Two Navy sailors arrested for sending sensitive information to China

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Two U.S. Navy sailors based in California were arrested Wednesday in separate cases and accused of passing sensitive national defense information and military secrets to Chinese agents in exchange for money, the Justice Department announced Thursday.

The sailors allegedly sent blueprints for radar systems, technical manuals for vessels, operational plans for military exercises in the Indo-Pacific and details of defensive weapons to Chinese intelligence officers, the Justice Department said. Lawyers for the two sailors could not be immediately reached Thursday afternoon.

“These arrests are a reminder of the relentless, aggressive efforts of the People’s Republic of China to undermine our democracy and threaten those who defend it,” Suzanne Turner, assistant director of the FBI’s Counterintelligence Division, said in a statement. “The PRC compromised enlisted personnel to secure sensitive military information that could seriously jeopardize U.S. national security.”

The Navy did not immediately return a request for comment and service records on both men. The arrests come months after an alleged Chinese spy balloon was detected flying over the United States, prompting Secretary of State Antony Blinken to postpone a trip to Beijing in February. While Blinken eventually traveled to China in June, alleviating a diplomatic row between the two countries, tensions have persisted.

In the first case, Jinchao Wei, also known as Patrick Wei, was arrested Wednesday when he showed up for work at a naval base in San Diego. Wei, a 22-year-old active-duty machinist’s mate who had a security clearance, started communicating with a Chinese intelligence officer in February 2022 about the amphibious assault ship he worked on, the U.S.S. Essex, and other ships, federal authorities alleged. Wei and the Chinese intelligence officer agreed to delete conversation record and make sure their communications were encrypted, authorities added.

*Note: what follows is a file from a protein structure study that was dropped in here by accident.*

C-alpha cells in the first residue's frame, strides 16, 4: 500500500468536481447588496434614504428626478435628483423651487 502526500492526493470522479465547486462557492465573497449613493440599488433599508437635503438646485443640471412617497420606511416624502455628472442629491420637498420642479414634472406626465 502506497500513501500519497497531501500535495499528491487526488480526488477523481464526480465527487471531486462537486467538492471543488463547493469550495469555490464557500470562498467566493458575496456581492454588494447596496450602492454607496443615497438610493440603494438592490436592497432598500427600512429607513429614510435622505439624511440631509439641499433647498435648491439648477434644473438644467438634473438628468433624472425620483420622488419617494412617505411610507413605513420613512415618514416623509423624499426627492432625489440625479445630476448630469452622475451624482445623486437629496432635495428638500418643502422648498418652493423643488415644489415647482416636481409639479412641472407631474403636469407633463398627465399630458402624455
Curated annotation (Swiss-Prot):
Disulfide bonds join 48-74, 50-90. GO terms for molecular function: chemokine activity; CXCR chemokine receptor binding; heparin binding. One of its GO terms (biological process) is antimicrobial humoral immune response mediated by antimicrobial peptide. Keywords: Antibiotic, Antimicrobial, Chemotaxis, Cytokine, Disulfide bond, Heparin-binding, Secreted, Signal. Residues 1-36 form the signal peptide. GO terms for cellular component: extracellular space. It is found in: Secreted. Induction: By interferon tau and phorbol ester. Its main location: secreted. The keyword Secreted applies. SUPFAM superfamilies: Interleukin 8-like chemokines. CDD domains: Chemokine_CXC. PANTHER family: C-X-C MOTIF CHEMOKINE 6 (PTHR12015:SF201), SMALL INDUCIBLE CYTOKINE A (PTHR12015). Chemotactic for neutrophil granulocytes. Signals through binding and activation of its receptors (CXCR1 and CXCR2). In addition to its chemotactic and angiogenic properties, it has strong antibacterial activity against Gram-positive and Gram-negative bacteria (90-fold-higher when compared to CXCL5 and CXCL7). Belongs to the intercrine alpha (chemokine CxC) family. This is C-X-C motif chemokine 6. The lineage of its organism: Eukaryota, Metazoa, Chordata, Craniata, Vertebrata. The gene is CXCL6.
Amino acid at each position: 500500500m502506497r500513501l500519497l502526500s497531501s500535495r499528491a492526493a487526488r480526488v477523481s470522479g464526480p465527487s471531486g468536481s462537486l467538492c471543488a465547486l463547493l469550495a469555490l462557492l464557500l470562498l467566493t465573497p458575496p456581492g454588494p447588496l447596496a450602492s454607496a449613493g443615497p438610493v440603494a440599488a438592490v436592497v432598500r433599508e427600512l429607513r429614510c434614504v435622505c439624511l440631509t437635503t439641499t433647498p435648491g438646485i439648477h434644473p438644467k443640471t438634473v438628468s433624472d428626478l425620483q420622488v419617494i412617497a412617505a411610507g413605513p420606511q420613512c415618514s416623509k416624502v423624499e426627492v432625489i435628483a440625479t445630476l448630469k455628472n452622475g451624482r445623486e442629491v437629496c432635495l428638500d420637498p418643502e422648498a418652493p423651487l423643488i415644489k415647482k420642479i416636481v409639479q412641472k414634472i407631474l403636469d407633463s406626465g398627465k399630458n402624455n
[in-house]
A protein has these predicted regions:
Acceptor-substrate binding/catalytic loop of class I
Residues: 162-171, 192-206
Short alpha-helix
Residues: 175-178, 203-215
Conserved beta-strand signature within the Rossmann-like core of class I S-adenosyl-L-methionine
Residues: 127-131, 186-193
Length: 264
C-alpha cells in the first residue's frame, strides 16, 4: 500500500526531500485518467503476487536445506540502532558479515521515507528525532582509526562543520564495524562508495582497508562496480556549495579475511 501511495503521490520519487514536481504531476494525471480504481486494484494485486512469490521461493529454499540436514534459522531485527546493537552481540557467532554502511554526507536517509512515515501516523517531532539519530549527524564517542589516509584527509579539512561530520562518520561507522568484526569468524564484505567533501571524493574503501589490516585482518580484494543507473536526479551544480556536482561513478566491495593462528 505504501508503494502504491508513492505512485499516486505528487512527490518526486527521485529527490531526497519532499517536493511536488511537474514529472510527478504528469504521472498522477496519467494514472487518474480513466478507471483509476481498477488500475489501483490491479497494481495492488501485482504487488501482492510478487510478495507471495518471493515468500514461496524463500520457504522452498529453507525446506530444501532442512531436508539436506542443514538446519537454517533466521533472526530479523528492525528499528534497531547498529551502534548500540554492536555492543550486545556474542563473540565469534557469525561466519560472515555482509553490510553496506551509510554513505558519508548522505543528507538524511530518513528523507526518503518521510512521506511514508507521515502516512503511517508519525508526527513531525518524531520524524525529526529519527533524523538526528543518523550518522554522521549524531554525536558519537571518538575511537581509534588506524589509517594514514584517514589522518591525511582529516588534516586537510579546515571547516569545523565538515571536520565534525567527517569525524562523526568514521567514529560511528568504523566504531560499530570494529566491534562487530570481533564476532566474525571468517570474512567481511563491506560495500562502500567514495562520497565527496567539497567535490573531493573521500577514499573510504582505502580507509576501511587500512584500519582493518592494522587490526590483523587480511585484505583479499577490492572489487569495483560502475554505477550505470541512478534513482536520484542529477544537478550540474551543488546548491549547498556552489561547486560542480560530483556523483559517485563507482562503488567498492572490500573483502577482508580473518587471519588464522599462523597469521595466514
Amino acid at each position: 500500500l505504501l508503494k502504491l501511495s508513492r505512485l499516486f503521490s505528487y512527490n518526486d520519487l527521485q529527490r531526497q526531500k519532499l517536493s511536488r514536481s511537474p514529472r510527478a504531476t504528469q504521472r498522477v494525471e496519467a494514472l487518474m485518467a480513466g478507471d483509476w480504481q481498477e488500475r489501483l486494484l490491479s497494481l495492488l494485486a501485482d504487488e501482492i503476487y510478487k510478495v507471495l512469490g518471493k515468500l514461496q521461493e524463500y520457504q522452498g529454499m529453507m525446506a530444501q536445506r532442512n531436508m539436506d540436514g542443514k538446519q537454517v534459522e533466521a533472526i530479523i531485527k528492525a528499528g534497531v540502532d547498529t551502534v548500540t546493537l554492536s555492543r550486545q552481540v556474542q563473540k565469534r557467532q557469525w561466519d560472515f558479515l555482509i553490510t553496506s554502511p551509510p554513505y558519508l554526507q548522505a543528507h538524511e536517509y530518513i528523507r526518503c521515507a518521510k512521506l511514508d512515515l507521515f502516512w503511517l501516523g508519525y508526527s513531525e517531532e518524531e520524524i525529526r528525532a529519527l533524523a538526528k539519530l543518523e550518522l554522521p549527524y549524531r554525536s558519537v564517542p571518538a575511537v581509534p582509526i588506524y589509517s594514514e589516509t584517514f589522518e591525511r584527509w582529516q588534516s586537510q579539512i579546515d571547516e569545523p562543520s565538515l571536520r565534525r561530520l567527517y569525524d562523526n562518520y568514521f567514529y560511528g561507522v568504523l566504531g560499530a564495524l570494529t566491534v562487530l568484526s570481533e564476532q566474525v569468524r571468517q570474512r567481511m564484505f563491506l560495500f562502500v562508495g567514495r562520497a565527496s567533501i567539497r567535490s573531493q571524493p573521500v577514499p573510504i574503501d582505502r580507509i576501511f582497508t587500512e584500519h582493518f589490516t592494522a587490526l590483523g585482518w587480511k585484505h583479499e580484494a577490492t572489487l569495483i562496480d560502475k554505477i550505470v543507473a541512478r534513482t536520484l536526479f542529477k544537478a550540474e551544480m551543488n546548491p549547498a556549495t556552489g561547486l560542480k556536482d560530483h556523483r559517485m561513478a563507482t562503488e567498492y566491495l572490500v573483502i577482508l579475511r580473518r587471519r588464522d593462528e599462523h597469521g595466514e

Since March 2022, Wei told the agent about where certain Navy ships were located and sent images and footage of the Essex for thousands of dollars, according to the indictment. In one case, for $5,000, he sent roughly 30 ship manuals that described damage controls and systems operations, authorities alleged. The indictment in the case alleges he was told at least 10 of the manuals were useful to the Chinese officer.

Wei also sent photos of military equipment after the intelligence officer asked for details about a U.S. Marines warfare exercise, and later another 26 manuals about the power structure of his and other Navy vessels, which showed what the Navy called “critical technology,” the indictment alleged. Wei also sent a weapons system manual for the Essex and other ships, knowingly violating the International Traffic in Arms Regulations, the indictment added.

The other service member indicted, Wenheng Zhao, also known as Thomas Zhao, was arrested for sending sensitive military information to someone posing as a maritime economic researcher in exchange for money. The person was actually a Chinese intelligence officer, according to the Justice Department, but had allegedly told Zhao they wanted the information for investment research. Zhao, 26, worked at Naval Base Ventura County in Port Hueneme.

Zhao allegedly sent photographs, recordings and videos of blueprints of a radar system on a U.S. base in Japan and other military information to the intelligence officer beginning in August 2021, the indictment alleged. The information included the location and timing of Naval movements for a large-scale military exercise and allegedly continued until at least May of this year, the indictment added.

The Chinese agent allegedly paid Zhao nearly $15,000 for the information while making sure he destroyed any evidence, the indictment alleged.

This story is developing and will be updated.


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